Discuss how assumptions that social reforms and equality would flourish in post-war Japan have or have not been realized. Who was assumed to benefit in Japan from the worldwide trend of “social empowerment?” Who or what has benefited thus far?
The devastation in Japan, post-war, was astonishing. Nuclear bombing attacks by the United States caused mass destruction and deaths. Cities, factories, and home were completely destroyed. Japan lost their colonies and laid in ruins. There was no other choice but to surrender. General MacArthur, under The United States, set out to accomplished social reform in Japan.
On August 6th, 1945, United States dropped their first atomic bomb on Hiroshima. Hiroshima was completely annihilated. Thousands lay dead, while many more continued to die from the shock wave and fire. Japan refused to surrender. A second bomb was deployed three days later. The death toll was 120,000 and rising related to radiation exposure. August 15, 1945, Emperor Hirohito surrendered (National Geographic, 2007). The Emperor publically accepted American rule and demonstrated his willingness to collaborate in the occupation (Brower, 2006). United States occupation in Japan instituted political reform. General MacArthur was responsible for the new constitution introduced.
Women received protection of their rights. The educational system was expanded. War criminals were tried and convicted. Masses of land were redistributed. New laws were set in place to protect the factory workers. Small businesses and labor unions were encouraged. Unfortunately, labor unions became controlled by the Communist Party, causing shortages of goods. Strikes began nationwide. United States and Japan made economic and social stability their top priority.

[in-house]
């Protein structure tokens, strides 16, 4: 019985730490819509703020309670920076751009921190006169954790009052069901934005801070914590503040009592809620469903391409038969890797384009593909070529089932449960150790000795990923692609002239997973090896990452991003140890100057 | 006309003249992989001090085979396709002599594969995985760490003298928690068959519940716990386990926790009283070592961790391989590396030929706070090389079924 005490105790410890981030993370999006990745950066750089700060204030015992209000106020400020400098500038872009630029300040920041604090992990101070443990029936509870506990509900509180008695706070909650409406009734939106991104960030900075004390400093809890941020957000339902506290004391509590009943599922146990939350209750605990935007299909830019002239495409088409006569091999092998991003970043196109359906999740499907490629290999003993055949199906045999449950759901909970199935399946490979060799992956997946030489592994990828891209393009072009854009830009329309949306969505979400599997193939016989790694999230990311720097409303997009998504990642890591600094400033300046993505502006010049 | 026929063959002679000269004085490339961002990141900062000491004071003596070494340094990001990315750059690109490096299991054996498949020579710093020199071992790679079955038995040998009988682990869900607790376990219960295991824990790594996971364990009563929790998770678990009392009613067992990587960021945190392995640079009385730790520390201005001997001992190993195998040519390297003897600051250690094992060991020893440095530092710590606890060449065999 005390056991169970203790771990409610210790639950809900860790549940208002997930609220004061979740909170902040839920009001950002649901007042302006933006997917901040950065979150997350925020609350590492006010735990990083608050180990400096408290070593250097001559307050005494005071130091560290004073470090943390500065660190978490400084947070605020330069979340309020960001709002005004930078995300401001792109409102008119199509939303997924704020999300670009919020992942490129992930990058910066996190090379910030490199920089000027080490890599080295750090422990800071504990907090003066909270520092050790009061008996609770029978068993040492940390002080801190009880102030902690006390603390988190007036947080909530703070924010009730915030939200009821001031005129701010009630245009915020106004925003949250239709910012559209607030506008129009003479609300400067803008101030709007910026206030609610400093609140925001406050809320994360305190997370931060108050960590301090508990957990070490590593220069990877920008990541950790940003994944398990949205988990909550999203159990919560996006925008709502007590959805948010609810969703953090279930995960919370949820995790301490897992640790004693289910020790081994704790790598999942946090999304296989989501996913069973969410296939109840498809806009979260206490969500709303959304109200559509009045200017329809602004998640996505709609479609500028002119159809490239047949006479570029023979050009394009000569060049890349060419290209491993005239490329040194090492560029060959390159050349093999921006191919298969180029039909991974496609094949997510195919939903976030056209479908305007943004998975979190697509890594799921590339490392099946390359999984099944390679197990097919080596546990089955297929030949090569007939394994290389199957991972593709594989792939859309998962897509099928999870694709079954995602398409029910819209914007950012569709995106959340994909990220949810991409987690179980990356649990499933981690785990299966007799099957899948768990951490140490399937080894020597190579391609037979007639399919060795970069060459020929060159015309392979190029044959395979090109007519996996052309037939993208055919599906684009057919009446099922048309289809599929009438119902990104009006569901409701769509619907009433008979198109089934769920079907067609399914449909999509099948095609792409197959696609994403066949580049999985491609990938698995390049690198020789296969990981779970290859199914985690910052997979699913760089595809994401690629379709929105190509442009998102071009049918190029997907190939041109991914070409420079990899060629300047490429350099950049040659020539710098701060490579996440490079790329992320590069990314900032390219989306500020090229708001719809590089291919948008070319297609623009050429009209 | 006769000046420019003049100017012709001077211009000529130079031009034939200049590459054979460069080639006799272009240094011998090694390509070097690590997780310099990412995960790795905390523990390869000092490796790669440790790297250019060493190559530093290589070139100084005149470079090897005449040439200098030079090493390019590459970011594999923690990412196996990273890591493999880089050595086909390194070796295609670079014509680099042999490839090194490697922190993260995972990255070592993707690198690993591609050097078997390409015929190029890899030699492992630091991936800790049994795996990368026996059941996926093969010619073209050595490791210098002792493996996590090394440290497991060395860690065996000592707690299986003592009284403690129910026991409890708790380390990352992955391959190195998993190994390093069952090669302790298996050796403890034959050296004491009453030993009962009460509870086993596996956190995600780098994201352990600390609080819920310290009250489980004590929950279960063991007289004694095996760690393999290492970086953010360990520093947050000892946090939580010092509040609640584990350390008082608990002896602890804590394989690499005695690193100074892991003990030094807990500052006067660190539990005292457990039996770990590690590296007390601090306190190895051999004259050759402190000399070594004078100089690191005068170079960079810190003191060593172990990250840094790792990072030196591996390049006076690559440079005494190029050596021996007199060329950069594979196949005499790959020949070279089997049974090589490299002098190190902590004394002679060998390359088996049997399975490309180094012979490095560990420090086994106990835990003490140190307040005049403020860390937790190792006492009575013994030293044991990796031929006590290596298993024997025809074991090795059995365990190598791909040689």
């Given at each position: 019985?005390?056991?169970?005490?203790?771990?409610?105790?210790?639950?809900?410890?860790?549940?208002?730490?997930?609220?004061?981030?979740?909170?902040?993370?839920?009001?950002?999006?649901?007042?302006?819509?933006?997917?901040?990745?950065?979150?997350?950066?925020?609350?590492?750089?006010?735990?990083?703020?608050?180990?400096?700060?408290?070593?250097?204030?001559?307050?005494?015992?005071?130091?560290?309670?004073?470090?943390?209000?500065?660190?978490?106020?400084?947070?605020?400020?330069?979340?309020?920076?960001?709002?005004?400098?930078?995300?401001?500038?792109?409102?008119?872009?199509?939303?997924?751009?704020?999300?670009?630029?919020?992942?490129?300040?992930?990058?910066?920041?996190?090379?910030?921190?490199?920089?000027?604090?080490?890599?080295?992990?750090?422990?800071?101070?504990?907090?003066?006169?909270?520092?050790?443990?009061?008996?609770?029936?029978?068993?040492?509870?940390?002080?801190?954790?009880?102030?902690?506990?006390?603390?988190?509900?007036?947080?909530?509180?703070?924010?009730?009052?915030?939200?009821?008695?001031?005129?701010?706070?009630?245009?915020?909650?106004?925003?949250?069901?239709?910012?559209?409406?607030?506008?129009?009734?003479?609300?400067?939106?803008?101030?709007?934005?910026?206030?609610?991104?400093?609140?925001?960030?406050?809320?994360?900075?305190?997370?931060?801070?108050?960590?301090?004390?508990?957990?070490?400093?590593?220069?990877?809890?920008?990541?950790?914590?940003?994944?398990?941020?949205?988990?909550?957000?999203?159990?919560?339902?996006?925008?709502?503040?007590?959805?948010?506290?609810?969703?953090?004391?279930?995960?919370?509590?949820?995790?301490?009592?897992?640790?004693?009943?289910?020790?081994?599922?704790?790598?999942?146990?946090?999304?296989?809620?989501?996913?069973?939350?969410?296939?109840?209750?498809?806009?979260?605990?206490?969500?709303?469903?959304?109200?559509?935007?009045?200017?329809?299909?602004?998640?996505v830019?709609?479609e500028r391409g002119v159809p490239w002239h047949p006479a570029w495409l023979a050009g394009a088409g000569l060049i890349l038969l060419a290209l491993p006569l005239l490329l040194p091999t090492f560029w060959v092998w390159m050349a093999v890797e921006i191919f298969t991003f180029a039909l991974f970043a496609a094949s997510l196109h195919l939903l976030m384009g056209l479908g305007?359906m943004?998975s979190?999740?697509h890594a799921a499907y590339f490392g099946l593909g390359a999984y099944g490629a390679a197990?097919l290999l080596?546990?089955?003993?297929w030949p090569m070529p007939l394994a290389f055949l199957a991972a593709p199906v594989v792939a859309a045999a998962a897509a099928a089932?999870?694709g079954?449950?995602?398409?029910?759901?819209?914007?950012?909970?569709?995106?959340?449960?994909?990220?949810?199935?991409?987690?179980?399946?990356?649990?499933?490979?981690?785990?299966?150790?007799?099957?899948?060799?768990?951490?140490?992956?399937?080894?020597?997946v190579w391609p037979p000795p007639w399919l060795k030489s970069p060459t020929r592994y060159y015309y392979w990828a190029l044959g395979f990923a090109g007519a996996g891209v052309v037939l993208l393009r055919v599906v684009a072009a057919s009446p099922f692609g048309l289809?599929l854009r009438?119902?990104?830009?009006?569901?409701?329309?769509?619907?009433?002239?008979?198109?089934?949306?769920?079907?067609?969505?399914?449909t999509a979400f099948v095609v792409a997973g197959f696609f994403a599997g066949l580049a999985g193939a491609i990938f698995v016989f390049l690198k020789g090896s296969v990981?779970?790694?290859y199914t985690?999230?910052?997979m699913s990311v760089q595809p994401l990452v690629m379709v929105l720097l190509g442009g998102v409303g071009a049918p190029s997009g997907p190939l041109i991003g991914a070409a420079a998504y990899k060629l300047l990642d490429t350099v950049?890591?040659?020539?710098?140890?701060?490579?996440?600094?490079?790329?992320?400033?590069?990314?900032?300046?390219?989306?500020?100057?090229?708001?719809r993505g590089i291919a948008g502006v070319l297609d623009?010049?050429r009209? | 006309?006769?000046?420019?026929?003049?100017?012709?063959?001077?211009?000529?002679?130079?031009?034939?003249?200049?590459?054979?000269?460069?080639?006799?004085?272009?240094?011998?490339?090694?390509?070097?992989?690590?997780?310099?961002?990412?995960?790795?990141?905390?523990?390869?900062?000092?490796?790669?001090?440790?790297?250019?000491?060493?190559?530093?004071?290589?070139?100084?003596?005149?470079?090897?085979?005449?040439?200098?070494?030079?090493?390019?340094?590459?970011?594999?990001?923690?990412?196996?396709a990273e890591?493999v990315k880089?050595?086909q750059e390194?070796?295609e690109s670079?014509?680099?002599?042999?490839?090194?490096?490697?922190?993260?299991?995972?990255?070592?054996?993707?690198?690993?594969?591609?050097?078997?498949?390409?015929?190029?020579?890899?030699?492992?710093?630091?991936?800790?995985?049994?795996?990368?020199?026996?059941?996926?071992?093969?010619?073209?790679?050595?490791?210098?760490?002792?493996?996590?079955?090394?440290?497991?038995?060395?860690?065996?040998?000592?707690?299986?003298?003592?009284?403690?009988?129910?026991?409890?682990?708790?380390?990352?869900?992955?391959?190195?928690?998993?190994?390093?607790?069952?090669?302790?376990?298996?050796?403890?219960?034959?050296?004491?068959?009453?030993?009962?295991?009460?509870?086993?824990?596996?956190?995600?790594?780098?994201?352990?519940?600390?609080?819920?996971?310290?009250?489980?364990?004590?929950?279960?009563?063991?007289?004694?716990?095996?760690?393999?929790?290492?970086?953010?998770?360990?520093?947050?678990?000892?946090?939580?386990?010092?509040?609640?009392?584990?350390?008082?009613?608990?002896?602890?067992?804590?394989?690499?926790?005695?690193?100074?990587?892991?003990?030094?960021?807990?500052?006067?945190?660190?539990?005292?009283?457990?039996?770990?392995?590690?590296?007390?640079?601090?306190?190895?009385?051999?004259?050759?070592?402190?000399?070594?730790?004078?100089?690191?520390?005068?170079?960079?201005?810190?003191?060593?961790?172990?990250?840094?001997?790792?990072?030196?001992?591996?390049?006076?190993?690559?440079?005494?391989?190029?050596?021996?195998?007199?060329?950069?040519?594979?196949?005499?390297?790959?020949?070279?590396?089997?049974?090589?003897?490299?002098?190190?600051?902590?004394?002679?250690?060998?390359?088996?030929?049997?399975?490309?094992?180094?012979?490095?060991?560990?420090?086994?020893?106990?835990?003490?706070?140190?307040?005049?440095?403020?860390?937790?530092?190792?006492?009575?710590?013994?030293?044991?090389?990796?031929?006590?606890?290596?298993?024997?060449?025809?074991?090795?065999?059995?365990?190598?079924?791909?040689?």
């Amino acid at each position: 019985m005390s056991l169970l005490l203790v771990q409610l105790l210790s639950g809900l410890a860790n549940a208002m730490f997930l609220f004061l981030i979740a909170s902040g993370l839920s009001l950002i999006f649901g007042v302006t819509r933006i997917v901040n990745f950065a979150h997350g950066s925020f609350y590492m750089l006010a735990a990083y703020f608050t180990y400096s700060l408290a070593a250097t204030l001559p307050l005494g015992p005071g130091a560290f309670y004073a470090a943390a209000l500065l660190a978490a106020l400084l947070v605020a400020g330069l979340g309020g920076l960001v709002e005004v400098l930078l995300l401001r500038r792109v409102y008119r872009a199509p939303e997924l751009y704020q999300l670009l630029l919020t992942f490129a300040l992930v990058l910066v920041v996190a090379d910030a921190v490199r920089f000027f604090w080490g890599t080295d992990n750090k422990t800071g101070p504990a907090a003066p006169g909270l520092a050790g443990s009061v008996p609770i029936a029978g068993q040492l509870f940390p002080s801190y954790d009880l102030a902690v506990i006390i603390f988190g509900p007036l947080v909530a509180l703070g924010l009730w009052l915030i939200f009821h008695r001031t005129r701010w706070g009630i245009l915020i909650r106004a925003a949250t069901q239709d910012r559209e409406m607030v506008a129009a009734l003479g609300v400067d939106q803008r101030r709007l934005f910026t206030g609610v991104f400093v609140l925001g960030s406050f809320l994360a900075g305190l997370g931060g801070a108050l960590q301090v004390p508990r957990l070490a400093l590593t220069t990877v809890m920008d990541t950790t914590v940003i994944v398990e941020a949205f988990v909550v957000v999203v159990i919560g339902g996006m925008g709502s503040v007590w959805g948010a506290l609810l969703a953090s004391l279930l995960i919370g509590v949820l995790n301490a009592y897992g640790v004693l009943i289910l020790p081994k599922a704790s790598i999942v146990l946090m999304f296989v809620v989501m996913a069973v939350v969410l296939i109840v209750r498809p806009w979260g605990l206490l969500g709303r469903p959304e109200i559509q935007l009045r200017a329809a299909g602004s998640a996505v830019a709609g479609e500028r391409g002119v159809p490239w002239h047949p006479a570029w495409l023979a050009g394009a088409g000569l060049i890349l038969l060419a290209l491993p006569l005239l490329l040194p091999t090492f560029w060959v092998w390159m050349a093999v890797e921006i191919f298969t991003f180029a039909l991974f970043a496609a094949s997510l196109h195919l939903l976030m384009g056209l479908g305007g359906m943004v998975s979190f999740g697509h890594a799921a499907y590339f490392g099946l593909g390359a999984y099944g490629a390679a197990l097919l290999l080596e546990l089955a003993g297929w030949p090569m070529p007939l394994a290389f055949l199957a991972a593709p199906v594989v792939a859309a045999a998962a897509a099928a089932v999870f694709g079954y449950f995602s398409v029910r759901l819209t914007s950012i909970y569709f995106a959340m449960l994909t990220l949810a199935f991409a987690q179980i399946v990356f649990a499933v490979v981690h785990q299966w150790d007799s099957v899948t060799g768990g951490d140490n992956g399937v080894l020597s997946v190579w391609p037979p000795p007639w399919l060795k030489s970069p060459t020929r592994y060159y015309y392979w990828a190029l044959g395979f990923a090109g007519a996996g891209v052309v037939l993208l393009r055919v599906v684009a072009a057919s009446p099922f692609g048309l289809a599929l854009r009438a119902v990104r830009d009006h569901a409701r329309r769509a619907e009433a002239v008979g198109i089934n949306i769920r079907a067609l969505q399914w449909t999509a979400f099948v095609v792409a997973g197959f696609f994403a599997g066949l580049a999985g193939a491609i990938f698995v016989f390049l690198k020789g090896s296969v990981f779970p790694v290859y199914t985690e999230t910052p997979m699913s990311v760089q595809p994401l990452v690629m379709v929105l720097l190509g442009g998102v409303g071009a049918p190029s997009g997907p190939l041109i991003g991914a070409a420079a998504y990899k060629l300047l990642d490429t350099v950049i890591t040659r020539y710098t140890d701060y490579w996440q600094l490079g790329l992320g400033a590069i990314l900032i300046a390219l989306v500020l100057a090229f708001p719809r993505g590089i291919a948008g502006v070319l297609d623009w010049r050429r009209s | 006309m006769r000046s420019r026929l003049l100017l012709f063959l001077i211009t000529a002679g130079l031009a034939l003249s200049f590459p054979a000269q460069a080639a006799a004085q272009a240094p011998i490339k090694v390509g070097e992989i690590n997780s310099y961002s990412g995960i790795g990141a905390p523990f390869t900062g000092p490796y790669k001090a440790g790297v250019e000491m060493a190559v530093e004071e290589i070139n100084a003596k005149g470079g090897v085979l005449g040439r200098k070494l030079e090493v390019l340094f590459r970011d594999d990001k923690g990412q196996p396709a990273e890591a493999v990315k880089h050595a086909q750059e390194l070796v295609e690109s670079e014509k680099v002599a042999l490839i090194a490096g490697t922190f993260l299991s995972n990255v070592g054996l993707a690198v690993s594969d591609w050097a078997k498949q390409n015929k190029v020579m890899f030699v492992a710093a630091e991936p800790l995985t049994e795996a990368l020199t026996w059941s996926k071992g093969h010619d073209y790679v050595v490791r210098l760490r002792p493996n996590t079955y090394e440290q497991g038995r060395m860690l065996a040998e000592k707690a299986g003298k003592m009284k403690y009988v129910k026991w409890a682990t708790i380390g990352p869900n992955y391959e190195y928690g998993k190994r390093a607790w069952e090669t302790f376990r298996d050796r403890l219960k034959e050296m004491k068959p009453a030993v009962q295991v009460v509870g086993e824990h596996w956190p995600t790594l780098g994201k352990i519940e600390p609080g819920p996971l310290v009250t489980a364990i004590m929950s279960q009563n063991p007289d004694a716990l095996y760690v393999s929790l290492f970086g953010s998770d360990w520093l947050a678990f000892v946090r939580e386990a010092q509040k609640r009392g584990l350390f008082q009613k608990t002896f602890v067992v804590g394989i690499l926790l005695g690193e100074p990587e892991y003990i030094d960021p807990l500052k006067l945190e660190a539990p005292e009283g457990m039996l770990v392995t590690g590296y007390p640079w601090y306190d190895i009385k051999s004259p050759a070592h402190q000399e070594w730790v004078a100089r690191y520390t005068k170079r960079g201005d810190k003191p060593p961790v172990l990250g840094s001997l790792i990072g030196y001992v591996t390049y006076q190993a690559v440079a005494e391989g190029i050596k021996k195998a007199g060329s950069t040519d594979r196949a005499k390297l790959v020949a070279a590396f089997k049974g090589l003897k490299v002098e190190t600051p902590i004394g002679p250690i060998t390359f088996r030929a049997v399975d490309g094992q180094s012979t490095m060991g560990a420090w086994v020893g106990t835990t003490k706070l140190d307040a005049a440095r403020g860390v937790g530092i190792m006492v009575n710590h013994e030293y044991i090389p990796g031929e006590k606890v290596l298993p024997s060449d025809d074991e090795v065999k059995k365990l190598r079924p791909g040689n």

United Stated and Japan withdrew their support for labor unions. This conservative social policy set the pattern for Japanese capitalism in the decades to come. The U.S. occupation authorities installed in Japan a type of democratic, free enterprise system that promoted political and economic practices closely resembling those in Japan in the 1920”s (Brower, 2006). In 1947, the socialist party elected their new leader, Shigeru Yoshida. Yoshida was anti-communist and worked well with General Douglas MacArthur.
In 1948, Yoshida became the Japanese prime minister. Major economic changes rapidly began. During this time, General MacArthur sought to make Japan self-supporting nation. Japan and The United States became very close allies. Years later, Japan became one of the most thriving, productive, and prosperous countries in the world. Education and technology were growing. New industries were built throughout Japan, while goods expanded into the foreign market. Today, Japan is a highly successful nation.
Brower, D. (2006). The World in the Twentieth Century: From Empires to Nations. (6th edition, p. 292) Pearson: Upper Saddle River, NJ Jared, D. (2007). 1000 Events That Shaped the World. Washington, D.C.: National Geographic.